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Music 1253 Worksheet no. 1.
Classification of Materials; Call Numbers 1

The purpose of this and subsequent worksheets is to help the student become familiar with the use of the Acadia University Library, as it relates to the study of music, and to become familiar with the various tools of music study and research. The Library is one of the most useful resources you have in the study of music history. Do these worksheets very carefully. Your care now will pay off in the future.

In completing these worksheets be as neat as possible. It will affect your grade.

NOTE: When you are through with a book in the library, if you have removed it from the shelf, DO NOT put it back on the shelf. Place it on a table AS NEAR AS POSSIBLE to its proper location. Certain sections of the Library have special shelves where items to be reshelved must be placed when the user is finished with them. Library staff will reshelve the book. Do not remove books from the immediate vicinity of their proper location.

(These suggestions are made to prevent books from being placed in an incorrect location and thus being misplaced. There are limited resources available and many people [especially in courses such as this] are trying to use them in a short period of time, so even a displacement of a few hours or days can have serious resultsi.e., an incomplete or late assignment.)


Books in libraries are generally organised (Classified) and arranged by Call Numbers. These are numbers assigned to books according to their subject matter, author/editor/composer, date, etc. Most books specifically concerned with music in the Library of Congress Classification System have Call Numbers beginning with the letters M or ML or MT followed by a combination of numbers and letters.

Most North American Libraries, including Acadia, now use the (U.S.) Library of Congress Classification System for determining their Call Numbers. Among various advantages of this system are two of immediate use to the student: i. It is an easy system to learn, and once one is familiar with the main classification numbers and how they work it is very simple to find books on any subject, even without a library catalogue; ii. In most North American academic libraries and many other libraries most books will have almost the same numbers in each library; hence once you know the number assigned to a book at Acadia, the same book will likely have a very similar number elsewhere. (There are exceptions, however, partly because often a single book may deal with more than one subject area and potentially be classified under one or another.) For more information, ask library reference staff.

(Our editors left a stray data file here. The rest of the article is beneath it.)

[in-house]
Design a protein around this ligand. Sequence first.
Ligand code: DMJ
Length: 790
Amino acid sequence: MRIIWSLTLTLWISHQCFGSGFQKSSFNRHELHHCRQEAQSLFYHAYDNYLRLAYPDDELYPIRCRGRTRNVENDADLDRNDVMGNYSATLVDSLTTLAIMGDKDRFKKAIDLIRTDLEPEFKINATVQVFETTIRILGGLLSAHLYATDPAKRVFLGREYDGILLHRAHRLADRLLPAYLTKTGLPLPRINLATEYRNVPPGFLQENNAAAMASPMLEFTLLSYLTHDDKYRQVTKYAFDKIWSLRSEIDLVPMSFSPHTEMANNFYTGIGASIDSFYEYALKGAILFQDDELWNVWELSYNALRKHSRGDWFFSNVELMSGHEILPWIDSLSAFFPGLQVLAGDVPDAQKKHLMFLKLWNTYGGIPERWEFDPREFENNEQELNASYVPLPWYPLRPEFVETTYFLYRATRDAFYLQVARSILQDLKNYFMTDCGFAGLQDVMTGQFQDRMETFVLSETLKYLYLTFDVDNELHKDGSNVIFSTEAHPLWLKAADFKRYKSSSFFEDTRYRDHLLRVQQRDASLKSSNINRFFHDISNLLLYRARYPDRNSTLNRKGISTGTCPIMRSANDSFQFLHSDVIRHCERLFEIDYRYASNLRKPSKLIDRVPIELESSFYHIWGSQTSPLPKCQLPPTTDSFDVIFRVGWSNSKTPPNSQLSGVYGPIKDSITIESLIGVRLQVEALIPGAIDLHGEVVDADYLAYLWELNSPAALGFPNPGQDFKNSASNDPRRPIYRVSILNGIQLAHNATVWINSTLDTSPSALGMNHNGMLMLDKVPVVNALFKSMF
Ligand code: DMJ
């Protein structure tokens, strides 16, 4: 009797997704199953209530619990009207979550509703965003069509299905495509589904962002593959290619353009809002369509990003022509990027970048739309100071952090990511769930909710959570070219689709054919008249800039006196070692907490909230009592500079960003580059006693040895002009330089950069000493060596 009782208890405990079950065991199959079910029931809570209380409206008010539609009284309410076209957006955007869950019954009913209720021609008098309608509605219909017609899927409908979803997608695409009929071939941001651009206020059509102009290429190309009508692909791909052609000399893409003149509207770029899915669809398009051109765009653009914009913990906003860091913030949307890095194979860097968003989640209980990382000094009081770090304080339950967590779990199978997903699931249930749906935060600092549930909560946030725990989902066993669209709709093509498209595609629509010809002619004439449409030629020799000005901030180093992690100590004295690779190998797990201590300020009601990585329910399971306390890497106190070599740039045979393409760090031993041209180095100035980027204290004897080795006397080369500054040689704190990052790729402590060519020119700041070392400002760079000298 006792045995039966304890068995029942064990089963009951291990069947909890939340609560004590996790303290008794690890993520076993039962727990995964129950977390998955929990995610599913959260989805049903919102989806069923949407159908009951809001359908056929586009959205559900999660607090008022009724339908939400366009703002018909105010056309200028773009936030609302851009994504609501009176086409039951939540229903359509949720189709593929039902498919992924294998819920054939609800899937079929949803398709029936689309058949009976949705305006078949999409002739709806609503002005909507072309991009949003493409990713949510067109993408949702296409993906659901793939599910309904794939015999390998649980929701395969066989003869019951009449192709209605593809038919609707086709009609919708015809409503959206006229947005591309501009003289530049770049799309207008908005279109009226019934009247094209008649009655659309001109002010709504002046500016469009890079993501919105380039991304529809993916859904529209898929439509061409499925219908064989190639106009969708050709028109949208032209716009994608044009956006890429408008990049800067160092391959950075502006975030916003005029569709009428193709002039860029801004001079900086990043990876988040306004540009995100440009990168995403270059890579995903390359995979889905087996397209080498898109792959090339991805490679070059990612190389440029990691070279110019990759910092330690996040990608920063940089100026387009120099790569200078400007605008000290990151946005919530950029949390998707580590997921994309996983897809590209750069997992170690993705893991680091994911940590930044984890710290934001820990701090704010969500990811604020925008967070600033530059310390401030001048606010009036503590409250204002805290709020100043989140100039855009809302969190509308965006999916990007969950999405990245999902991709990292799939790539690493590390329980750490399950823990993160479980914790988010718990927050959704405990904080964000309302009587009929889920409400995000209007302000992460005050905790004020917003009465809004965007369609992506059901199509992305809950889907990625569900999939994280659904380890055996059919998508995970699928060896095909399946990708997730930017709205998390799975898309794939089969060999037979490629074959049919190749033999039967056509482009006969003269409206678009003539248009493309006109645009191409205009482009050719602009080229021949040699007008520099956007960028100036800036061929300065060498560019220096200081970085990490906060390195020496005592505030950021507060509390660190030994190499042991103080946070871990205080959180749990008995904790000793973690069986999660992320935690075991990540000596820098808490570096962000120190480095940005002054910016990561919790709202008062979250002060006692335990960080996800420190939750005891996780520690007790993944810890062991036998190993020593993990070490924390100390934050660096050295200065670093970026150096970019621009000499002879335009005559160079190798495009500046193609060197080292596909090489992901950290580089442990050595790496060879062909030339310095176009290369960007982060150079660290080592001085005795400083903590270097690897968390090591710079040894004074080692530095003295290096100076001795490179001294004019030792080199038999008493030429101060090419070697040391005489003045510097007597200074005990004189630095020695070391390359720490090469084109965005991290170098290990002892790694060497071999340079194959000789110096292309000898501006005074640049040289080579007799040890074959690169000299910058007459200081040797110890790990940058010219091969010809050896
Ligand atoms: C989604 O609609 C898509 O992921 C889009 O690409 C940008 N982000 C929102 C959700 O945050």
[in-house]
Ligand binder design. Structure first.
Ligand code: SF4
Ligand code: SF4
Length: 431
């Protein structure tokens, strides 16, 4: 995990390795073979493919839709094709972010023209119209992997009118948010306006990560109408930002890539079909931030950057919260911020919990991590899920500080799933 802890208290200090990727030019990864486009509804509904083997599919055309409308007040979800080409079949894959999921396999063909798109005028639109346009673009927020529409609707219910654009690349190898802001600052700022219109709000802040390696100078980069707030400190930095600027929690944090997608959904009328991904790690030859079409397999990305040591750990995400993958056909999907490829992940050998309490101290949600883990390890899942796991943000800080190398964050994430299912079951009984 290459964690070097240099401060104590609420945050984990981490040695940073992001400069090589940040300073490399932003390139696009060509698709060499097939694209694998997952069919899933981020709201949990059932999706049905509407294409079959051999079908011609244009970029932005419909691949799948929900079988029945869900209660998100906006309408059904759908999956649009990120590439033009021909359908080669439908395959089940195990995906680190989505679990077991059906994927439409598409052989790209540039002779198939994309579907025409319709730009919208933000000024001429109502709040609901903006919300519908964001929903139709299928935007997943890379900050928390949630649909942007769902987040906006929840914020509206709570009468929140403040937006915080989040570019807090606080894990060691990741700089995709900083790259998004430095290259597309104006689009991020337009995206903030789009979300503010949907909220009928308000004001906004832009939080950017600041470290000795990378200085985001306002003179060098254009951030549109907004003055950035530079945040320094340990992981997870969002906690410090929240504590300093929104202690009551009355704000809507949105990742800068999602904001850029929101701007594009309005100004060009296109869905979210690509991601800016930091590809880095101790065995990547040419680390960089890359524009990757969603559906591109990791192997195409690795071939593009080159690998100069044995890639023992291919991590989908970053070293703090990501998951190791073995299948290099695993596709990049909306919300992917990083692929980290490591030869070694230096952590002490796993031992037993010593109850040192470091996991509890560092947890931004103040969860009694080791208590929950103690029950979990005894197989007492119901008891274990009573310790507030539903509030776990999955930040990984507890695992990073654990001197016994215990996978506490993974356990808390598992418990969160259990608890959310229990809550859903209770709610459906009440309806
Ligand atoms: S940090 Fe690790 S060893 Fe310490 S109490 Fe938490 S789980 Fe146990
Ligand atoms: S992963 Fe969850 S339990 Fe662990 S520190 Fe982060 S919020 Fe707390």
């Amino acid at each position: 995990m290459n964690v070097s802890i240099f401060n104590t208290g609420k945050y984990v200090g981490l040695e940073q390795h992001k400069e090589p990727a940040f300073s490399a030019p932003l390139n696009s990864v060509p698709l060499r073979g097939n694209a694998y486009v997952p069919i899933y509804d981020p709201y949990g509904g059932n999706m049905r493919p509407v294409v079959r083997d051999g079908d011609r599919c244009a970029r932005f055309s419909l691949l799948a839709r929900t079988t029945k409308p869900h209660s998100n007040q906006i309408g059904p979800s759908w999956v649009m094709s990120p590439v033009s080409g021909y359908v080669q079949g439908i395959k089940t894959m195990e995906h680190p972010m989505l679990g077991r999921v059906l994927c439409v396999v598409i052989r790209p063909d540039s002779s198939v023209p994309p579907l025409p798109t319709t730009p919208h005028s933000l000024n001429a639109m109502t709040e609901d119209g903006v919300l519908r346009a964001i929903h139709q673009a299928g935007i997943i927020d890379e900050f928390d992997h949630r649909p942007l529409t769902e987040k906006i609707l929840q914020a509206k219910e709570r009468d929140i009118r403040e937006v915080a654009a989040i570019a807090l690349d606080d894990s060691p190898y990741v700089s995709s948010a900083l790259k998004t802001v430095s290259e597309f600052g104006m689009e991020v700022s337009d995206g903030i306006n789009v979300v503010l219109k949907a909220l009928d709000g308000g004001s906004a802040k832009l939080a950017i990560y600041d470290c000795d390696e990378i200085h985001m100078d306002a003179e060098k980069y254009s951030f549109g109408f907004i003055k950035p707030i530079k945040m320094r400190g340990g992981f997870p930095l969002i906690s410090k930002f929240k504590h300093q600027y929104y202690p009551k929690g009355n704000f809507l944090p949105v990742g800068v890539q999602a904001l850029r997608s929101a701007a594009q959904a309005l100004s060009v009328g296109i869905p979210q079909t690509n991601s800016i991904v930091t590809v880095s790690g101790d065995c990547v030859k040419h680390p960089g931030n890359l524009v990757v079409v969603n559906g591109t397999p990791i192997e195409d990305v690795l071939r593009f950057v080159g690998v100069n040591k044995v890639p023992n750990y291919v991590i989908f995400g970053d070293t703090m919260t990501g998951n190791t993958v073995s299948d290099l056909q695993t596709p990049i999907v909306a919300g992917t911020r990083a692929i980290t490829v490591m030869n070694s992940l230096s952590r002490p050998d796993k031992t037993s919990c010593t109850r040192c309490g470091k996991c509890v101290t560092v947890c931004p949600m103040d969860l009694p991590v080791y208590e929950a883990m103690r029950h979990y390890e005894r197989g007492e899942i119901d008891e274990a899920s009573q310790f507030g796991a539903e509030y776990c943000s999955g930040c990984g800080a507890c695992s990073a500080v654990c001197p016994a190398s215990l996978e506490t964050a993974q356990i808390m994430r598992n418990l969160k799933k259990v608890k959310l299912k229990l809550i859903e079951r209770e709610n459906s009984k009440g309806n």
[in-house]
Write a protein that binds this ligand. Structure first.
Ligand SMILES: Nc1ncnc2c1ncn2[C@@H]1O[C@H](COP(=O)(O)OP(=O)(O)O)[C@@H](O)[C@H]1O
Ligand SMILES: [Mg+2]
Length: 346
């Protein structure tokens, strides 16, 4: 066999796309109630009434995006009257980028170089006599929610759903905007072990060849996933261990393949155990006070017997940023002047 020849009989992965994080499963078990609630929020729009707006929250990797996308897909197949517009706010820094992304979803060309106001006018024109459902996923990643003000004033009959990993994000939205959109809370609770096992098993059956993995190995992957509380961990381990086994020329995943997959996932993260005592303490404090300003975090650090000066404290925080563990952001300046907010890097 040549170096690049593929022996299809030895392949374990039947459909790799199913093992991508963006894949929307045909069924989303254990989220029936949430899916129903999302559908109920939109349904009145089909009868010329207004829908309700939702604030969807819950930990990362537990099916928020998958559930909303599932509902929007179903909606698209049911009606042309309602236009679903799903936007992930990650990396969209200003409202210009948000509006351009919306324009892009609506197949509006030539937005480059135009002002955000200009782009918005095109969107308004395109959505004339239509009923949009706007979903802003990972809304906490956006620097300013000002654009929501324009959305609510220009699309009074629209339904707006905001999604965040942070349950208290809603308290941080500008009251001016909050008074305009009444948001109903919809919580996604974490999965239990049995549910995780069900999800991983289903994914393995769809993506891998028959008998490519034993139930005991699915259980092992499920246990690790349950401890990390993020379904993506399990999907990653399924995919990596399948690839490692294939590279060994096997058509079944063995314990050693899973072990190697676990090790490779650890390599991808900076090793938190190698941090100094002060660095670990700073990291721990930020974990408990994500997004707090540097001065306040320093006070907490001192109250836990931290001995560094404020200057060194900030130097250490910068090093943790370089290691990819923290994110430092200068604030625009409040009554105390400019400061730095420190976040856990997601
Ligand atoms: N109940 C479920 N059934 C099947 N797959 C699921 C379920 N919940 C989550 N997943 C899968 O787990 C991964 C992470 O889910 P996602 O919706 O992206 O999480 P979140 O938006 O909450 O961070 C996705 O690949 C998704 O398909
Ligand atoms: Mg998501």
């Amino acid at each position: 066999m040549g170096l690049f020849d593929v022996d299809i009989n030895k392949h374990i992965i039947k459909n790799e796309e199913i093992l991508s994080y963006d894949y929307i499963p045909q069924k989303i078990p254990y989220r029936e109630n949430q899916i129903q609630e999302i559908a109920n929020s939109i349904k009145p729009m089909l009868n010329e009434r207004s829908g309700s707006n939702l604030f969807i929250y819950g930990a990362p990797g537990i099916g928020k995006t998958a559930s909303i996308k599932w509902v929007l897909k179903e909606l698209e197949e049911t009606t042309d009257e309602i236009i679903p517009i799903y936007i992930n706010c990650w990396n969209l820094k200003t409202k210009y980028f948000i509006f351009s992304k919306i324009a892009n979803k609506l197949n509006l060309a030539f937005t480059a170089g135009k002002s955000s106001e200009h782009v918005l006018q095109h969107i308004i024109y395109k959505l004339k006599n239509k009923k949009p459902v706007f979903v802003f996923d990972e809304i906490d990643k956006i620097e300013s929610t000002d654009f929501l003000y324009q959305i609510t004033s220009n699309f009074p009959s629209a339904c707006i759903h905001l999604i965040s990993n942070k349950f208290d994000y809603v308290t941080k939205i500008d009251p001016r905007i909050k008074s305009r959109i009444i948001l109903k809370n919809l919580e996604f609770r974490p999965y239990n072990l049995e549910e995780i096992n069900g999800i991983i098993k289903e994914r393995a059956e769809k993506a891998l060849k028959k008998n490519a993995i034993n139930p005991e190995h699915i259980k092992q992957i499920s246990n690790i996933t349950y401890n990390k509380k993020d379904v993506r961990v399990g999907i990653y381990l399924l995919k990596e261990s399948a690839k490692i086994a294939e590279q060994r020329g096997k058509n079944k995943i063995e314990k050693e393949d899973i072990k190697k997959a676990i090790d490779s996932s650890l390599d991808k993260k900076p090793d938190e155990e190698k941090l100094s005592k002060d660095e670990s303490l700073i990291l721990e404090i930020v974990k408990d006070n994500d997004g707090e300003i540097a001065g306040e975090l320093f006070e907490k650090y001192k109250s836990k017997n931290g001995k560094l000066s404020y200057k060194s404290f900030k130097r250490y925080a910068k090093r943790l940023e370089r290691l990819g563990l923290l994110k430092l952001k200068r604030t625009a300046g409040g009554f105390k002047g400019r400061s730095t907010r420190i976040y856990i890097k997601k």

The first part (or first line) of a Call Number places the book in a general classification. For example, Call Numbers beginning with ML410 deal with biographies of composers and closely related topics.

For a summary of the Library of Congress Classification System on the World Wide Web, see:

Outline of the Library of Congress Classification:


Music and Books on Music:

http://lcweb.loc.gov/catdir/cpso/lcco/lcco_m.pdf    [PDF file, so requires Acrobat Reader or Adobe Acrobat]

[Alternate source with similar information: http://geography.miningco.com/library/congress/bllc.htm]

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Links to these sites are provided at the Music 2273 WWW site, under Libraries, Archives, and Museums.

The assignment:

Below are given the beginning of several Call Numbers. For each, indicate, in general, the type of book located under the symbol.

Be sure to look at all the books in each Call Number group to get a complete overall picture of the types of books included in the classification.

/ 100
[4 points each]

[Books located in the general stacks:]
[Books located in Reference:]
[Items located in the Music Collection:]
[Do not forget to refer to the miniature scores and compact disks as well as normal scores.]
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Last updated: 5 September 2006.
Copyright © 2006 by Gordon J. Callon. All rights reserved. e-mail: gordon.callon @ acadiau.ca
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